Good Friday is a funny auld day, between the lack of meat eating and the no-drinking rule.

However, Ireland is a place full of mischief and excellent observations, as we discovered by checking out the Irish Good Friday hashtag. 

10. Stocking up in a national pastime. 

9. As is confusing tourists.

8. And watching them being confused.

7. Hear, hear!

6. Not that you can get near a lick of drink today.

Good Friday in Ireland from ireland

5. Build a wall. Make the thirsty pay for it. 

4. Any excuse for a house sesh really.

3. The fear must have been real. 

2.  He's ready to go.

1. Up to a bit of mischief 

So, while we have you here; don't forget to have your say in the inaugural SHEmazing Awards this May! It's time to vote, and you can do it right here!


Have you ever realised that you have no wine for the Easter weekend and have to dash to the shop, only to remember that it's Good Friday so you're stranded, wine-less for 24 hours? 

Well, this Easter predicament will soon come to an end. 

The Government is making moves to abolish the 90-year-old ban which prevents Irish stores from selling alcohol on Good Friday.

The Irish Times is reporting that the Minister for Justice Frances Fitzgerald is expected not to oppose the bill. 

Unfortunately, the change is likely to come into effect for Good Friday 2018, so we're still banned from buying a beverage this Easter Friday.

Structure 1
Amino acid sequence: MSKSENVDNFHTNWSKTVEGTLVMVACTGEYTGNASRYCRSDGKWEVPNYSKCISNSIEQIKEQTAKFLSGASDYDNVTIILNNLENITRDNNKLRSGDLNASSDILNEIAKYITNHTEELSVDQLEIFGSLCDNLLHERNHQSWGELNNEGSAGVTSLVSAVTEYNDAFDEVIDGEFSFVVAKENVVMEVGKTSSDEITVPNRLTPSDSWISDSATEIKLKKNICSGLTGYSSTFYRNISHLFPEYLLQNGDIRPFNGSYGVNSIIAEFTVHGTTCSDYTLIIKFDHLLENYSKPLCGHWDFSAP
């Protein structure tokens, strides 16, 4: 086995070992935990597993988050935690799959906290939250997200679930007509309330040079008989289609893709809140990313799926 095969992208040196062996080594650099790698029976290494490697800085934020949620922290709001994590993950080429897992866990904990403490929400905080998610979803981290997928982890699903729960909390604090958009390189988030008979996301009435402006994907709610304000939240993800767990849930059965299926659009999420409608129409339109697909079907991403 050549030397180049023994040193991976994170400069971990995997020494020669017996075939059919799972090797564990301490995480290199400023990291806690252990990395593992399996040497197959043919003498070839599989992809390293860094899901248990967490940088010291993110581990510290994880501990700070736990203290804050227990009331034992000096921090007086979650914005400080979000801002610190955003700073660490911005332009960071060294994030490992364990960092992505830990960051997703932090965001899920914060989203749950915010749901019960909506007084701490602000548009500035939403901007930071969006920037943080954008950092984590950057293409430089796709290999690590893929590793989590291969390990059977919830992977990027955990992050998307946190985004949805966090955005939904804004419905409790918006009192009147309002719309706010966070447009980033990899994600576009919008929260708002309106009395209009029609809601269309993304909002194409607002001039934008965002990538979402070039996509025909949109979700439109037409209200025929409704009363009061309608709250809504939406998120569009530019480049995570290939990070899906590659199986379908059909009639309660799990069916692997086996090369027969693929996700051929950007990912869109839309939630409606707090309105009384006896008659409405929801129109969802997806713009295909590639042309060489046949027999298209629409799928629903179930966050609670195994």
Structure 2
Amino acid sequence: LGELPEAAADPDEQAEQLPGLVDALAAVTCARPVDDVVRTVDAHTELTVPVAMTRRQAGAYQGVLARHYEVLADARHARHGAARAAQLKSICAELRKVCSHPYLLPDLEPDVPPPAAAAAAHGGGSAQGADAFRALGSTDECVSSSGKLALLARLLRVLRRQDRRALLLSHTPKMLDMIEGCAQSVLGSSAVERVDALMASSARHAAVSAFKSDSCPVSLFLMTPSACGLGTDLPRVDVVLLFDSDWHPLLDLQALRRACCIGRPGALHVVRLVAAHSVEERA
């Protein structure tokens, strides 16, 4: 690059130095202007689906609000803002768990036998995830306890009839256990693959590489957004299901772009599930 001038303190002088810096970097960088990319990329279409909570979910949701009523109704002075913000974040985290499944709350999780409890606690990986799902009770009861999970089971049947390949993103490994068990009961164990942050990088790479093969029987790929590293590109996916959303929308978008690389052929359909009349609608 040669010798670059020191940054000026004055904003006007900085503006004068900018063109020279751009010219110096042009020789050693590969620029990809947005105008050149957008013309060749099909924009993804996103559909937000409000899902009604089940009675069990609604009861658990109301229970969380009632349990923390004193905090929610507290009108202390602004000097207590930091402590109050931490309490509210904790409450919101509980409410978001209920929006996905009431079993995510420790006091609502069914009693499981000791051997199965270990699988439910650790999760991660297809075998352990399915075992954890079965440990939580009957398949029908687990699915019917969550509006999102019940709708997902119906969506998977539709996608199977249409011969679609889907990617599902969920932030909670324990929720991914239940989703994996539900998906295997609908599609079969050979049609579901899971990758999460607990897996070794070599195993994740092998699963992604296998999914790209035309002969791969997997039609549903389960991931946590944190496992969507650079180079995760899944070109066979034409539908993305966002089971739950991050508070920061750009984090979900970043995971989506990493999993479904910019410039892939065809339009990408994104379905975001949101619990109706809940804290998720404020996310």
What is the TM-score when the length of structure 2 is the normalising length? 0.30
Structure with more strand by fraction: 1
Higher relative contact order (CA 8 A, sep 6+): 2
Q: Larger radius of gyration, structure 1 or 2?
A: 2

The lift is being welcomed by most Irish folk.

"Finally, no more forcing businesses and citizens to adhere to religious practice against their will," tweeted one. 

"Abolishing the Good Friday ban is such a significant step towards separation of church and state. Brilliant news," said another. 


Tomorrow, Good Friday, all of the Republic of Ireland's pubs and off-licences will be closed, with most restaurants also banned from selling alcohol.

As it's the only other day aside from Christmas Day when alcohol cannot be sold here, people tend to get pretty panicked.

But – as comedian Frankie Boyle learned when he suggested he might be playing to his first "sober audience" in Dublin tomorrow – there are ways around every law.

Like pillaging the country's off-licences today, Thursday, for example.

One look at Twitter confirms that yep, that's exactly what most people are planning to do.

This lad is taking no chances – he's bringing the whole squad

Even Bishop Brennan is in on the whole thing

And keeping in the religious theme, here's the REAL meaning of H-O-L-Y Thursday

We're loving this poem

Oh, and this one


It's not just alcohol we'll be saying goodbye to

Tomorrow's motto: Be Prepared

Someone needs to erect a warning sign at Dublin Airport arrivals

Of course, there are some perks to this kinda-sorta Bank Holiday



After the campaign to let Irish pubs to stay open on Good Friday this year, Minister Frances Fitzgerald has decided to NOT lift the ban. 

She told RTE today that she "won't be doing it this year," but then continued to say that there's hope in the future as the alcohol legislation will be revised. 

The Licensed Vintners Association (LVA) said that they are all disappointed by the minister's outcome to change the law this year. 

"This is a lost opportunity not just for publicans but for the capital city and the tourist sector as a whole," said LVA's chief executive Donall O'Keeffe.